You say when you were listed at the higher price you had lots of traffic but no offers. Traffic without offers does not mean anything. If you were not getting second looks and offers, even low offers, you were priced too high. Now that you are getting offers, that means you are priced to be in the game. You do not have to accept this offer if you don't want to. Until there is a fully-executed contract there is no actual deal. So yes, in answer to "if I happen to get an offer, can I negotiate up using the comp?" - yes, but I'd put it another way. If you really believe your unit is worth more, you can change your asking price to something higher.
The confusion you are having and acting emotionally upon - lowering your price when a neighbor lowers theirs, hearing about a higher comp and now wanting to raise what you will accept - these are part of the difficulties of being a For Sale by Owner. Your are, understandably, emotionally involved. If you had a really good listing agent working for you, they would have a clear sense of the pricing. You would be off the emotional roller coaster, knowing a professional was handling this very important transaction for you. Also in terms of dealing with buyers, it would be an arm's length transaction which is very preferable to the other side as opposed to dealing directly with the owner. You are also asking questions about negotiating, and again, a good agent is a skilled and experienced negotiator. I would urge you to consider handing the reins over to someone qualified to get you the most money in the least amount of time with the least stress to you.
Halstead Property, LLC
If you are listing for at a price you consider low, in order to get a higher number, be aware of certain things.
In order to "negotiate up", you would really need multiple offers to accomplish that.
It would, in my opinion, be unfair to have a buyer offer you full asking price.....and then have you give them a counter offer at a HIGHER number...with no one else in the picture.
Obvsiouly, you also have to take the terms of the contract into account.
Multiple offers can wind up giving the seller a higher than asking price final result.....that can happen, but not always.........but, in the absense of other offers, I think you'd annoy a buyer (not to mention their agent!) if you asked them to come back with more than the asking price.
In my opinion, it's not a good strategy...................you might very well be at a list price that is right for today's market.
Also.............you say you just found out your neighbor sold for a lot more........you didn't say when that occurred.......or whether you have seen the interior of your neighbor's place............upgrades or even beautiful decorating can affect the final number.
You said you lowered your price already................so...................how has that affected the traffic you are seeing? Has anyone jumped in and made an offer? If not, then you just might be priced where you should be.........regardless of what your neighbor got.
The test of the market, IS being on the market......and you are.
Prudential NJ Properties
If you want a higher price then cancel listing then repost amount you want.
It could offend many potential buyers, however if you have seasoned agents will see you had lowered price then went up, more than likely could receive offers at the lowered amount.
But. Nobody in their right mind will meet your price and then agree to your raising the price. "Whoa! I'm giving you what you asked for, and now you're RAISING the price?"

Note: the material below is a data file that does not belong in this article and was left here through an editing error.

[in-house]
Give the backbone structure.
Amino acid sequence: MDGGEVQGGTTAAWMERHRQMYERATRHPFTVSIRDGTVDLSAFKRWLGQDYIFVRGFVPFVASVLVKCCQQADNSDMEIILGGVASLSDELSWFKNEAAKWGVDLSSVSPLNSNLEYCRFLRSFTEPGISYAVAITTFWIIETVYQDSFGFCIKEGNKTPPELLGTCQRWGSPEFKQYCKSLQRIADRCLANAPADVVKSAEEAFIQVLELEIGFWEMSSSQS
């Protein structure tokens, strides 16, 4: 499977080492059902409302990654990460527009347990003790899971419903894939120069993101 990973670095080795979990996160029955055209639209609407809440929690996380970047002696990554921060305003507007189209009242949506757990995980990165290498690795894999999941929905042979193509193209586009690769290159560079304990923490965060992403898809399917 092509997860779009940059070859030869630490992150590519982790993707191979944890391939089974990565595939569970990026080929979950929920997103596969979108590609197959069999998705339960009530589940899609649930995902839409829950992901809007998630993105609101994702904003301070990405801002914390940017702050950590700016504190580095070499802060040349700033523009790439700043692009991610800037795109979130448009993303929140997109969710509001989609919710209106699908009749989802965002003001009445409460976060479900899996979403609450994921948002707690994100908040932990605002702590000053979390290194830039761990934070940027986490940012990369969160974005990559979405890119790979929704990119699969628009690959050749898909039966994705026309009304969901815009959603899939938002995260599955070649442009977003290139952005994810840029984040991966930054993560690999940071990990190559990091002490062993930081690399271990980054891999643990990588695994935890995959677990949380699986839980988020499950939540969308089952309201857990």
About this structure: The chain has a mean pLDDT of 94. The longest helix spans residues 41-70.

I'm not even going to ask how we go from "No units had sold in over a year" to "my next door neighbor sold."
If you were to get multiple offers, you certainly could negotiate up, but with only one offer, you're likely to scare away the buyer if you go over your asking price.....if you feel your price should be higher, raise it before any offers come in....
But, be weary, the nation still seems to be in a "buyer's market".....although I'm certainly not familiar with your exact location! Good Luck to you!
The best way to gauge pricing is by its success in drawing activity and ultimately an offer that sticks. If activity is lacking, price must be addressed. If there are no offers, pricing must be reviewed and likely adjusted. So you did the right thing to adjust your price. Take a step back and also reflect on the presentation of your home - perhaps there is room for improvement there as well.
Get yourself a good real estate attorney to help you move from agreement to close.
Consistently delivering results for NJ Buyers & Sellers
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an agreement made by two parties freely and independently of each other, and without some special relationship, such as being a relative, having another deal on the side or one party having complete control of the other.
As you can see there no need for the third party (Realtor) to be involved in order to have arm's length transaction.
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Yes you can negotiate up however it is very difficult to do. Normally if a buyer gives you what you are asking they do not want to pay more. You can't be priced too low, multiple offers will come in if you are below market value. If your neighbor sold for more and you are both at the same asking price, it is likely that more than one buyer was interested in the unit and the highest offer won. You now know that your unit is priced right and it will sell quite quickly, if it's identical to your neighbor's. Good luck
Prominent Properties Sothebys
201 359 4560
Our recommendation is to meet with your real estate professional again to introduce this new comparison property. This new information may be enough to support a price adjustment. But don't be suprised to find that your agent may have additional relative information.